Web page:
How Far the Vote Has Come in America Since the Victorian Age

Voting. It is both a sacred right and profound responsibility. It is the symbol of a free and democratic society. It is the ultimate exercise of liberty.

And yet the history of voting in America is a long and complex one. There have been enormous changes in the American electoral process since the Victorian era, but one thing has remained the same: the ballot as the cornerstone of the American ideal.

For My Eyes Only?

One of the biggest changes in the American voting system since the Victorian age is the emergence of the idea of the private ballot. For most of early American history, voting was a much-publicized process. It evolved from vocal votes in the Revolutionary era to public, signature-based ballots.

By the late Victorian era, though, an aura of sacred privacy had come to surround the vote. A man’s ballot — and in this era, it was still only a man’s ballot — was his business alone. His right to his ballot was as inviolate as his right to the other core Constitutional freedoms: life, liberty, property.

Indeed, his vote was his way of guaranteeing these fundamental freedoms. It was his ticket to the pursuit of happiness. And it was shrouded in the same reverential secrecy of the personal home or the marital bed.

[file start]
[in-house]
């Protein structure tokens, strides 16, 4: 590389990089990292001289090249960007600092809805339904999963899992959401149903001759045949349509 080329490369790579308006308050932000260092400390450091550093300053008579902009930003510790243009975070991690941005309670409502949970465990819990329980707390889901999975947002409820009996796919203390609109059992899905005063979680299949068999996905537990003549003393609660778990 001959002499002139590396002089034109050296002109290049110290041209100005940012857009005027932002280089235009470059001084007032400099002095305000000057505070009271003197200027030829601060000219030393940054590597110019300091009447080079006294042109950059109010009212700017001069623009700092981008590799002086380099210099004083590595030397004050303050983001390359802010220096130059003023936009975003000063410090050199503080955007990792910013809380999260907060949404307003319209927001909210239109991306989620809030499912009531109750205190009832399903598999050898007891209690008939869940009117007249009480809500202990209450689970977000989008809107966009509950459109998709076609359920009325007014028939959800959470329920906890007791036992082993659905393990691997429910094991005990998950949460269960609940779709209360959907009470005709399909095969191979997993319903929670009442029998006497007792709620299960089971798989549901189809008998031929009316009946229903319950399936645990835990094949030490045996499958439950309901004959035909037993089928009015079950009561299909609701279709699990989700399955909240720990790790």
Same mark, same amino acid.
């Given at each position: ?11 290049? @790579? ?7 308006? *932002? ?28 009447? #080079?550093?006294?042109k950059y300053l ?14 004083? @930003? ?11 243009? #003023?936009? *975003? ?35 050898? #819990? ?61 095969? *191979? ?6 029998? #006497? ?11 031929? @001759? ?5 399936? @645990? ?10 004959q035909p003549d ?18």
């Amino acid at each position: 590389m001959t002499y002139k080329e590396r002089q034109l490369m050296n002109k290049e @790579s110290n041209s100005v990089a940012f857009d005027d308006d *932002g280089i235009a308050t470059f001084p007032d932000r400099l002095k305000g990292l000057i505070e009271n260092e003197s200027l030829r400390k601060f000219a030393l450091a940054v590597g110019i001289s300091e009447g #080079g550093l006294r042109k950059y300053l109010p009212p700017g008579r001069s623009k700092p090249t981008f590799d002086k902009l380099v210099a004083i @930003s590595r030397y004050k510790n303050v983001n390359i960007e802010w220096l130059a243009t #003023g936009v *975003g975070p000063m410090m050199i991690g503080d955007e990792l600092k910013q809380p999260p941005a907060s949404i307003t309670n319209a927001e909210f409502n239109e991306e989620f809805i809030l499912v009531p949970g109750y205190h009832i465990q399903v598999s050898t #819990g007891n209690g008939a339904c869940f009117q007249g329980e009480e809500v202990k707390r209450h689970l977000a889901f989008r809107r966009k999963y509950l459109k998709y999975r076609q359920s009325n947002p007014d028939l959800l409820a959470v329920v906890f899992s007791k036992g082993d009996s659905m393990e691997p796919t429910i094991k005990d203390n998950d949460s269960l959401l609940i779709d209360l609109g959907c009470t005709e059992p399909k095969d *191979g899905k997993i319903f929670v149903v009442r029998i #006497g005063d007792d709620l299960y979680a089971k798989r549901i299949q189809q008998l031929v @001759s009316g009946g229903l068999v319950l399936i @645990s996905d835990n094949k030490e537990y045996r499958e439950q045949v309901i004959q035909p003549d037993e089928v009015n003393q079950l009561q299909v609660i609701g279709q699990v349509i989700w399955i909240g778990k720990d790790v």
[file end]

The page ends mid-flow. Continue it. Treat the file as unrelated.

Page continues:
Super Suffragettes

This idea of the ballot as both the guarantee and the exercise of a man’s Constitutionally-protected rights, of course, didn’t exactly sit well with all those who were denied the same privilege. For modern women, the idea of a woman having the right to vote is a no-brainer. It’s so obvious it seems unnecessary to even have to state it outright.

But for the Victorians, things weren’t nearly so easy or so obvious. The Victorian girl’s ultimate goal in life, the one toward which she would be working from the moment she drew her first breath, was to marry well and start a home and family of her own.

Once that was done, well, she was pretty much set — at least as far as any kind of public or civic life was concerned. For the typical Victorian household, shaped by traditional ideals, the man’s political voice was the voice of his household, of which he was the head. And that meant that when a man voted, he voted for his wife and his children.

To enfranchise his wife, daughter, sister, mother, or aunt was to invite potential discord within the Victorian home. It was to sow division in what should be a cohesive, harmonious unit, the men operating in their given sphere (public life) and women operating in theirs (private life).

But while the separate spheres doctrine might sound all idyllic in theory, the reality was far darker. Women’s political disenfranchisement had often devastating consequences, essentially making them “non-persons” in the eyes of the law. That meant that they faced severe restrictions in everything from accessing education to owning property and even to retaining custody of their children in the event of a divorce.    

This was the political environment in which American women of the Victorian era began to fight for their right to vote. The struggle for women’s suffrage was a long and hard one, beginning in 1848 with the Seneca Fall Convention and ending in 1920, with the ratification of the 19th Amendment.

Not So Fast